Paternity / Legitimation

A child born out of wedlock is a vital concern to the court and to the parents such that several statutorily schemes have been developed to protect the child and provide certain rights to the mother as well as the putative (biological) father. The mother to the child, the child, the Department of Human Resources, a third party who is caring for the child or even the father can bring a paternity suit to establish the paternity of the child, and once the determination is made, the father can be ordered to pay child support, even retroactively, as well as medical expenses of the child and mother while giving birth. Even after the parentage has been established, the father is still not entitled to visitation or custody of the child unless he seeks to legitimate the child, generally not available in a paternity action unless he files to legitimate in that action. It can be seen, therefore, that prior to his legitimation action, he has no legal rights to the child or to visit with the child. In a paternity action, the court may order genetic testing, which has become very precise. The naming of the father on the child’s birth certificate, which must be by consent of both parties, or executing an acknowledgment of legitimation does not provide any further rights to the father.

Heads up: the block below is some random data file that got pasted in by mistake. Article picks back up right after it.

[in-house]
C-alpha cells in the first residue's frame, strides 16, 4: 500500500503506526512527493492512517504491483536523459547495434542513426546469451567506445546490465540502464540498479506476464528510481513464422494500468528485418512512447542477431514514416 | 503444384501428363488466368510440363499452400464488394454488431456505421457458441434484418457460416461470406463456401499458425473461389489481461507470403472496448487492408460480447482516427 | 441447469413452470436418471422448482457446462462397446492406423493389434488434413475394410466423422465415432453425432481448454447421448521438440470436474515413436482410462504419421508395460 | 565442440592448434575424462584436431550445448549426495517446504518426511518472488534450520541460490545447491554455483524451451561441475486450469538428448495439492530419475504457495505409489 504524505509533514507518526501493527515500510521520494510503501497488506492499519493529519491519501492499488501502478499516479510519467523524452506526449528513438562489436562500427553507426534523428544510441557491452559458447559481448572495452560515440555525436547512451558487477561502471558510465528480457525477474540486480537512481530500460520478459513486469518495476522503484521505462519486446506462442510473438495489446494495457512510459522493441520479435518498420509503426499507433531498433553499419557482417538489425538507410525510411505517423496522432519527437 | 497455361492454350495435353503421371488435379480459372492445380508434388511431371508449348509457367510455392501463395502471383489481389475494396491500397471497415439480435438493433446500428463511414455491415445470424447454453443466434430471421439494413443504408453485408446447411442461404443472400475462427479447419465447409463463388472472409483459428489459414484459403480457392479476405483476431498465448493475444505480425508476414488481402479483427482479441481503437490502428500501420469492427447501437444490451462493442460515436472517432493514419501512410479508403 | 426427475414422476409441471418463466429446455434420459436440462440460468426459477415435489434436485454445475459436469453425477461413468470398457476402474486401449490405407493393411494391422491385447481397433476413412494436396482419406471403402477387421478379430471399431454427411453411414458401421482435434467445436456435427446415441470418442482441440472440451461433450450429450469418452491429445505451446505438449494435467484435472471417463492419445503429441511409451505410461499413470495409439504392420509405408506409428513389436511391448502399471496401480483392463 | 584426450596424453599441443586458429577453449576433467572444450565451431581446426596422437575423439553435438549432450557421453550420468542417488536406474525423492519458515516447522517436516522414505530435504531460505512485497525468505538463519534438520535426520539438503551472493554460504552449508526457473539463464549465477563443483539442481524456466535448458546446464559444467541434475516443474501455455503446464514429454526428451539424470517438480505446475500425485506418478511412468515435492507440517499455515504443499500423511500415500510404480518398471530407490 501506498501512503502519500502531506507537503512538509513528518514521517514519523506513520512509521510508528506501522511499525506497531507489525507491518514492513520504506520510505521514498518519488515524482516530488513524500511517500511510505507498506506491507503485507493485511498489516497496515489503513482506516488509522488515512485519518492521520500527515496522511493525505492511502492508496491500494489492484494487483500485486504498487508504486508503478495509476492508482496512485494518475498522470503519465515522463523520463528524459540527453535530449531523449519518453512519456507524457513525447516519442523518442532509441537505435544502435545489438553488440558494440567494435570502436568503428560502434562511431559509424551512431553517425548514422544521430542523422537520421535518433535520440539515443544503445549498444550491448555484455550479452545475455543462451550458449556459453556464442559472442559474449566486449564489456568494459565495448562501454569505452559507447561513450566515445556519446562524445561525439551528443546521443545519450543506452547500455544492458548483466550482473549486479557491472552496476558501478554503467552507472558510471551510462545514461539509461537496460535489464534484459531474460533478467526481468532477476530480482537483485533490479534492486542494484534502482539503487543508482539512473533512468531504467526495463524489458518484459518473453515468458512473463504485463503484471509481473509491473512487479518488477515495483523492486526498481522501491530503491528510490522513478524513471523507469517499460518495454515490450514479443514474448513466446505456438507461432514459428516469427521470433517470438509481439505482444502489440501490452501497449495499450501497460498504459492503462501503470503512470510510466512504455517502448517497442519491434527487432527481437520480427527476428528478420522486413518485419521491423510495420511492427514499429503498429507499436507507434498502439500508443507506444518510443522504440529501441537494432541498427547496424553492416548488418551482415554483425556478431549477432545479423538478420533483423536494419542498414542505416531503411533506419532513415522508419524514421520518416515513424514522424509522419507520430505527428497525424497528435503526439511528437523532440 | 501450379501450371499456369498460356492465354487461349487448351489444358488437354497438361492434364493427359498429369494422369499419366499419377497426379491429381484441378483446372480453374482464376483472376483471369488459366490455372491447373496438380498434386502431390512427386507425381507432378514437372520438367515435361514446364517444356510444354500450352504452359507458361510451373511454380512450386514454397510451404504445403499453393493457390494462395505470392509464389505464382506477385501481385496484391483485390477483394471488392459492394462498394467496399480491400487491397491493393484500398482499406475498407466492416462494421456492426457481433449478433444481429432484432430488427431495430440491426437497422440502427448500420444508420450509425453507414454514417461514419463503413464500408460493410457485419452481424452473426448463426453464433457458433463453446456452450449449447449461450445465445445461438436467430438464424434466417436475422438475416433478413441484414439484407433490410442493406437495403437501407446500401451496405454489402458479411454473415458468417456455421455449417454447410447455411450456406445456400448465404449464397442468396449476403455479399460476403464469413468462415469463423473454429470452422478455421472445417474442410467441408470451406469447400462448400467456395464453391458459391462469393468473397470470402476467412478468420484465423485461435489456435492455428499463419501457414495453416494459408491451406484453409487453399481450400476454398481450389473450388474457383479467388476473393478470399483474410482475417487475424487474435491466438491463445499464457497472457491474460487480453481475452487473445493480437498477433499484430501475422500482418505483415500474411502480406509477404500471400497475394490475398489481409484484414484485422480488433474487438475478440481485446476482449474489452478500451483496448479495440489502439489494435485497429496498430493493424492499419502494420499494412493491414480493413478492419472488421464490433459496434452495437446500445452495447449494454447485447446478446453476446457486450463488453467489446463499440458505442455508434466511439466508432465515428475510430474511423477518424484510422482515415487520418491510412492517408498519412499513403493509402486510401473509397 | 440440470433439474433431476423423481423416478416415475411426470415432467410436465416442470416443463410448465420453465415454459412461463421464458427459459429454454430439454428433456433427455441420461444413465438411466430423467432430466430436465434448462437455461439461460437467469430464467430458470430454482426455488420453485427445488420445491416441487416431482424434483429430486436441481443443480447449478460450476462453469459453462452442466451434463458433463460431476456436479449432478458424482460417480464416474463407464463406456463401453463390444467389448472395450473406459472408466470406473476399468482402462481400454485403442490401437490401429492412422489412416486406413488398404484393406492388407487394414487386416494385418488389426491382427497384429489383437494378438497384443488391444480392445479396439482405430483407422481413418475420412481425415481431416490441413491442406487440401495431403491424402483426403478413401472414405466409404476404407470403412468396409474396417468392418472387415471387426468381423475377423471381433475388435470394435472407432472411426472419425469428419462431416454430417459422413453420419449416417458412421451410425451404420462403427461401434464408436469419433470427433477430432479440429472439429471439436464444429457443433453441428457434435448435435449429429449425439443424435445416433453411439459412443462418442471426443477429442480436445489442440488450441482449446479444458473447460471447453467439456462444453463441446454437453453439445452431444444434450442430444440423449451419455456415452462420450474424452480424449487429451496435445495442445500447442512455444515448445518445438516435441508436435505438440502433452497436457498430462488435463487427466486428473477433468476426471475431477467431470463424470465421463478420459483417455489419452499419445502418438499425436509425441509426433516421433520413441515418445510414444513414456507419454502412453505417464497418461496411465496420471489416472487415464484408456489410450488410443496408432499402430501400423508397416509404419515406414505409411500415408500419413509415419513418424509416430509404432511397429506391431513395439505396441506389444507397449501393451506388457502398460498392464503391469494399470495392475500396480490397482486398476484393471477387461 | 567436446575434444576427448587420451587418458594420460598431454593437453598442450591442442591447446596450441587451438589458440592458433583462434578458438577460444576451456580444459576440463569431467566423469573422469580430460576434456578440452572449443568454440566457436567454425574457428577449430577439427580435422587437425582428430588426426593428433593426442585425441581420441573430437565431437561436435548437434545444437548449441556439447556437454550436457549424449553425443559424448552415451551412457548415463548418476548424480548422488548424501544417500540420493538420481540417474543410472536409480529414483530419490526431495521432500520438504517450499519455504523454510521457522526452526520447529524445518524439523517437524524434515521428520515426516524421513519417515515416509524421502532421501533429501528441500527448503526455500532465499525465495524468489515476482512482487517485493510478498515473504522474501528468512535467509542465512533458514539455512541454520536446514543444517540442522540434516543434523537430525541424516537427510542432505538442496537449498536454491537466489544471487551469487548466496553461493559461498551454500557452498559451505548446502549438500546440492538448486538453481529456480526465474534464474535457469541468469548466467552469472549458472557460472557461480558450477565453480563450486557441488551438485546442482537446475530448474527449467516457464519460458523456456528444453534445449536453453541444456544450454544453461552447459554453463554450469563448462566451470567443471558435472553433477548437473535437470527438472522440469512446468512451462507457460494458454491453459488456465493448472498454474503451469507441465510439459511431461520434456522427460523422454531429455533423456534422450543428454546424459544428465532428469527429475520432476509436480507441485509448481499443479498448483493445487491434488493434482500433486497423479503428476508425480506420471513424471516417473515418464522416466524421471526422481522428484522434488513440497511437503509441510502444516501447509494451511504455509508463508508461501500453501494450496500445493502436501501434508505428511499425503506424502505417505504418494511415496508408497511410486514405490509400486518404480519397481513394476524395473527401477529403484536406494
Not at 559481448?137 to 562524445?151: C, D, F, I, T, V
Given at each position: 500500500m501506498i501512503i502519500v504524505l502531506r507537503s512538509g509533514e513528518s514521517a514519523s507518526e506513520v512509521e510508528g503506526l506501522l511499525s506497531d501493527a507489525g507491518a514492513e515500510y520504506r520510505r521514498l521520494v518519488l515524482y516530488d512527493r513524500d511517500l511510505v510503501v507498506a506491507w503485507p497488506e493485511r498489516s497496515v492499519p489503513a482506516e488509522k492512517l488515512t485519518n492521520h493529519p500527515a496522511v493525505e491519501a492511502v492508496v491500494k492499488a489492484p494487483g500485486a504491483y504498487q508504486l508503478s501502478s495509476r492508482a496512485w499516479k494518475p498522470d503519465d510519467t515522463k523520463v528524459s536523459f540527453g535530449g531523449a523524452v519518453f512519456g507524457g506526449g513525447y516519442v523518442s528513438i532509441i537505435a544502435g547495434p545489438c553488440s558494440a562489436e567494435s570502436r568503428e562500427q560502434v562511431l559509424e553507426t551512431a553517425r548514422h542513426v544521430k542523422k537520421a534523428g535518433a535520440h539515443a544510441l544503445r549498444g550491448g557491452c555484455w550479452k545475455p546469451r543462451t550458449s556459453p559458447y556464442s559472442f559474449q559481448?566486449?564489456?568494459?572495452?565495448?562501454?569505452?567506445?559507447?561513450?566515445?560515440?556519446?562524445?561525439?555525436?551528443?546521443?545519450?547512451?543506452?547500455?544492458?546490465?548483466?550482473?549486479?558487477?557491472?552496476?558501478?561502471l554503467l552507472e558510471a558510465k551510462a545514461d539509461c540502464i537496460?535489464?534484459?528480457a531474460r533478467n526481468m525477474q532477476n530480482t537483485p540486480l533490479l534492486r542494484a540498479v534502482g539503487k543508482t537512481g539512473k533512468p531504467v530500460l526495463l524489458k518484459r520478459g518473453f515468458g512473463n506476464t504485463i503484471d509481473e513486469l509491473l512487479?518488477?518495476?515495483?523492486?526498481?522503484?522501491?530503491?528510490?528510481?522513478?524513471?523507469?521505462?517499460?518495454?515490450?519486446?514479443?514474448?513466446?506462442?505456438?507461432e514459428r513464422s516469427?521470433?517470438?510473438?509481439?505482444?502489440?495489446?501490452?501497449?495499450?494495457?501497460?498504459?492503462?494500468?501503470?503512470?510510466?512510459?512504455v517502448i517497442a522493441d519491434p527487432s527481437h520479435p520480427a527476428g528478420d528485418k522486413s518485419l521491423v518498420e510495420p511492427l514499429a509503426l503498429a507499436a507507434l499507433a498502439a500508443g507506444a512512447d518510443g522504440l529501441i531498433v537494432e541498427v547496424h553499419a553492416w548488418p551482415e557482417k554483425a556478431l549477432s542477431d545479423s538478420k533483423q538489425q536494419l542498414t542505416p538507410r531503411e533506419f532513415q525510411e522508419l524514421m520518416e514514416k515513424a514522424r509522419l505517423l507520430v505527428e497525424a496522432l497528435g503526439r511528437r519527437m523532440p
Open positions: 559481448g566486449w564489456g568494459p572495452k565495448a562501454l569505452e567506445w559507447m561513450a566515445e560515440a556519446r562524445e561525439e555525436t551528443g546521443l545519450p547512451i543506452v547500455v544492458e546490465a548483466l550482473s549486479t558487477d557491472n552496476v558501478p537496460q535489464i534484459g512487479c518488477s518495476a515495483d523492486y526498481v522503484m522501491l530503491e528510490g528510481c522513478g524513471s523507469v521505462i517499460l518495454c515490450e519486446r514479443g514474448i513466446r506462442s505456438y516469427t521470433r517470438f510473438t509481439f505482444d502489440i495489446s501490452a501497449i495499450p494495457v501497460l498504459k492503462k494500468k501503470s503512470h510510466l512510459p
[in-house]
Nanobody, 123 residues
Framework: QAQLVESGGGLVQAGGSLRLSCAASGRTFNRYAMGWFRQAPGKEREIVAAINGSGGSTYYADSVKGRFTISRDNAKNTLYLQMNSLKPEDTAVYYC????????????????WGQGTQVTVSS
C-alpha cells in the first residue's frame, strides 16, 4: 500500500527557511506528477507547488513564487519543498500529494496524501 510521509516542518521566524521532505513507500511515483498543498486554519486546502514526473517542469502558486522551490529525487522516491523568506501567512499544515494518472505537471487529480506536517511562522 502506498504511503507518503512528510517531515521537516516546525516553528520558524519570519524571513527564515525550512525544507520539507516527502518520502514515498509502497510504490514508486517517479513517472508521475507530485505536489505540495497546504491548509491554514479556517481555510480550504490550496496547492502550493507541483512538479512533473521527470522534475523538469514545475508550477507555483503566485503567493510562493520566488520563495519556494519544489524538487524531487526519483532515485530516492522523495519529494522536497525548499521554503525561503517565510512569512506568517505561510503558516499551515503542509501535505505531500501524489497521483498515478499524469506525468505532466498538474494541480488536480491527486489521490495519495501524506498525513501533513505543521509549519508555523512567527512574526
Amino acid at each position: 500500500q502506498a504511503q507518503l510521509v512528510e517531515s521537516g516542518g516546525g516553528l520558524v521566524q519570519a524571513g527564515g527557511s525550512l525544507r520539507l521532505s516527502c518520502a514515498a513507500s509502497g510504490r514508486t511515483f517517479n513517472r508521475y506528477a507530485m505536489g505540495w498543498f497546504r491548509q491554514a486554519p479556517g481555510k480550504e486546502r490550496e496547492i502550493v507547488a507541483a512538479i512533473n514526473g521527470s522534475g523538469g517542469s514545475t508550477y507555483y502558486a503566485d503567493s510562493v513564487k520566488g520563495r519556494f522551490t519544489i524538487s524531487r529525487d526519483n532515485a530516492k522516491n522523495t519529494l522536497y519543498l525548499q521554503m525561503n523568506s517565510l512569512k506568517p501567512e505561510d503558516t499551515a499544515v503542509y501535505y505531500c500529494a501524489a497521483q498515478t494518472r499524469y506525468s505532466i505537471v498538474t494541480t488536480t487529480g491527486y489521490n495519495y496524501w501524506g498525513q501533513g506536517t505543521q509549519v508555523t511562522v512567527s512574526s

It is in the petition to legitimate that the putative father will gain parental rights commensurate with those of a father who is married to the mother, or marries the mother after the child is born, including the rights of inheritance. In his petition, the father must still prove he has not abandoned his opportunity interest to have a relationship with the child, and that it is in the best interest of the child that he be declared the father for all purposes. Once again, genetic testing may be ordered.

A further concern surrounding the rights of the father is the potential for losing his parental rights, many times sought in an adoption proceeding. Once a petition to terminate his parental rights is filed, the father must file to legitimate or his rights will be terminated. The issue of the father’s taking an interest in developing a relationship with the child is paramount, as well as filing in the putative father registry. The rights of a putative father should be asserted at the earliest opportunity, and many fathers will delay taking action while the mother is authorizing some contact between the father and child. It is when the mother denies this time altogether that the father surely should take action if he wants to be a part of his child’s life, even if he is otherwise financially supporting the child. Only after seeking to enforce his parentage will he have extensive rights with the mother.

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